With a short – but productive - inaugural season for DC Motorsports – under her belt, she came out of the 2021 gate as strong as she finished the previous campaign. At the season-opening Gatornationals, she qualified No. 2 on the strength of her 3.914-second elapsed time. She had finished the 2020 season with five consecutive top-five starts for a consistency no other pro driver matched.
De Joria’s faith in crew chiefs Worsham and Nicky Boninfante and what she called their “amazing handle on the tune-up on this Toyota Funny Car” has given her supreme confidence.
“Del and Nicky work so well together. When I get strapped in, I know I am going to have a great shot at a top-qualifying spot or a round-win. Having them on my team lets me focus on my job as a driver. This whole ROKiT Bandero Premium Tequila team really came together down the home stretch of last season, and we got off to a solid start in Gainesville. I am expecting great things this season, starting in Las Vegas.”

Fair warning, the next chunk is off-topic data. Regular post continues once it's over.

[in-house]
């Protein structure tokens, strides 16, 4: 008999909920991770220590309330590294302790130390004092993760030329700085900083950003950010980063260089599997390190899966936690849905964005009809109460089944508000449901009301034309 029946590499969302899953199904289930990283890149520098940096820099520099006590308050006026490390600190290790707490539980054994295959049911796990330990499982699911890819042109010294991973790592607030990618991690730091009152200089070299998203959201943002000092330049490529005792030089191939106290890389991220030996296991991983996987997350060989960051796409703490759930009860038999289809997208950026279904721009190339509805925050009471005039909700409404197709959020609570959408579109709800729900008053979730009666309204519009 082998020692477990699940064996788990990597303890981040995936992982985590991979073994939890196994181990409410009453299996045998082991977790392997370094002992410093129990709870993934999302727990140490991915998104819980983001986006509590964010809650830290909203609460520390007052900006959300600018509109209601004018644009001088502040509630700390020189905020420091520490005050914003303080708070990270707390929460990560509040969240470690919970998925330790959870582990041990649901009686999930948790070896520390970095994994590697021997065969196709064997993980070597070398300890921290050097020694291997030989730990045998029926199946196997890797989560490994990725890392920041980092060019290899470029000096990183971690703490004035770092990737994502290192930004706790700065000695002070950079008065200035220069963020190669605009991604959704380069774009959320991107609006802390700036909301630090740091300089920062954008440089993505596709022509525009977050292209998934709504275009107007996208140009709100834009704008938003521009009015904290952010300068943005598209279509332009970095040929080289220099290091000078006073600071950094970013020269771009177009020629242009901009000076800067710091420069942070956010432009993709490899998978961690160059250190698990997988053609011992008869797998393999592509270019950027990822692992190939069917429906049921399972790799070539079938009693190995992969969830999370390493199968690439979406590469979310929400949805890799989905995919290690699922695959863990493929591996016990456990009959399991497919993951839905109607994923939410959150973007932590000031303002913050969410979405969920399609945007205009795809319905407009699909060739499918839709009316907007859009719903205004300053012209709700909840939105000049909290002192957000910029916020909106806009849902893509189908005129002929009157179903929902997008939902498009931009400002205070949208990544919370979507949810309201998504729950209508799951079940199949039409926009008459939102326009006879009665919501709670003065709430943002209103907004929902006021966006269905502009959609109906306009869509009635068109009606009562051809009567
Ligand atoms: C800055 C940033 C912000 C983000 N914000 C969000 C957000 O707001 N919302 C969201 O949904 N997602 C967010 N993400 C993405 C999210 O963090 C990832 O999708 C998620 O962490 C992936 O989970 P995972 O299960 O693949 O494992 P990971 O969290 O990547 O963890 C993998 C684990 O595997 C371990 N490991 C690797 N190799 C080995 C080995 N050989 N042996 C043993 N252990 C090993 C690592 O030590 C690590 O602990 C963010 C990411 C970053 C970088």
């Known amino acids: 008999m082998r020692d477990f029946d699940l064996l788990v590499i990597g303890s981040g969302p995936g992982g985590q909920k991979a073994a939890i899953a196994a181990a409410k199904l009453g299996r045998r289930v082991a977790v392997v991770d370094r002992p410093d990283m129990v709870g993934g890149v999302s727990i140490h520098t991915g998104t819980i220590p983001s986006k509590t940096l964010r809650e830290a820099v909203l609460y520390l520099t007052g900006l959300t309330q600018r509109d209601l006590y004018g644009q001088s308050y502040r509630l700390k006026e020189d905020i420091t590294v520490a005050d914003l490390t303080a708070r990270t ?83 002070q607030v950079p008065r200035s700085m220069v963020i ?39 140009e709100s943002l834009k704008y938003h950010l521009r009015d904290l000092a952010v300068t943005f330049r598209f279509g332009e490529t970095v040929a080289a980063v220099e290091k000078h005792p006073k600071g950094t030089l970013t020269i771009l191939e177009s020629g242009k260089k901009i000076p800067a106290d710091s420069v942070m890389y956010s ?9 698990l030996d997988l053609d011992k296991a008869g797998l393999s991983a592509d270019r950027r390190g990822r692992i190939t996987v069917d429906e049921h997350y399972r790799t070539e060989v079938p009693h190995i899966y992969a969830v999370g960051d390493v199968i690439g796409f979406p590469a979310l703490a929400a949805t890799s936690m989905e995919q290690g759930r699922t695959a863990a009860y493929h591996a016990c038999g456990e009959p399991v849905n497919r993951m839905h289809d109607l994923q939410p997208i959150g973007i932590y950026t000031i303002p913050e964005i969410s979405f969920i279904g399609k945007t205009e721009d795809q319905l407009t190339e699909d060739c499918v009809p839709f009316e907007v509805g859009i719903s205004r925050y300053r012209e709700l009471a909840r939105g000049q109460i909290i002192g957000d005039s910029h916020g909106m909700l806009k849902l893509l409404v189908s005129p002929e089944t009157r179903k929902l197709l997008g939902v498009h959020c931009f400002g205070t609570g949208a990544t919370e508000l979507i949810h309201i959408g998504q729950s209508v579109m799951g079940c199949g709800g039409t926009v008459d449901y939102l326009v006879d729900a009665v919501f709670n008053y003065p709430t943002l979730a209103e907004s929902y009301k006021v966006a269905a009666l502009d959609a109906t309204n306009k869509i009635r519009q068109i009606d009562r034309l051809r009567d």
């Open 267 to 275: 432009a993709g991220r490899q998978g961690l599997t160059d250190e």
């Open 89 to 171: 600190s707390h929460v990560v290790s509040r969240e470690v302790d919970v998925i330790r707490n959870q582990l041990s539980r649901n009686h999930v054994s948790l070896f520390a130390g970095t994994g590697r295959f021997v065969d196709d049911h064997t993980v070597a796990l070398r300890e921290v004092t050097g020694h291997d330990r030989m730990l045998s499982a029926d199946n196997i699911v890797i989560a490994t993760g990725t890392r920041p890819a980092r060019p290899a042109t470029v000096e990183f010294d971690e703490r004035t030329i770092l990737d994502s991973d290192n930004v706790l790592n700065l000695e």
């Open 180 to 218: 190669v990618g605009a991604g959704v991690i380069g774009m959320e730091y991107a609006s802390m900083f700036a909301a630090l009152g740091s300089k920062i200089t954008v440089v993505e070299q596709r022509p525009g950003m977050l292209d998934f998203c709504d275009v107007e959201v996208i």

What’s more, she’s hoping to keep alive her streak of no Round 1 losses. She has reached at least the quarterfinals at each of the past six races and racked up three semifinal appearances.
HIGHT WANTS MORE THAN RUNNER-UP FINISH – Like most of his Camping Word Drag Racing Series colleagues, Robert Hight is thrilled to get back to the racetrack after a late start to the season and then a month layoff. The Funny Car runner-up at the Gatornationals said he’s ready to have the Automobile Club of Southern California Chevy Camaro back in its winning form. The 51-time winner said of the Gainesville race, “We had some gremlins, but we had some luck on our side, too,” Hight said. “It’s a good weekend when you get to the final, but we beat ourselves. So it’s time to do some polishing and get this Auto Club Chevy running the way we know how.”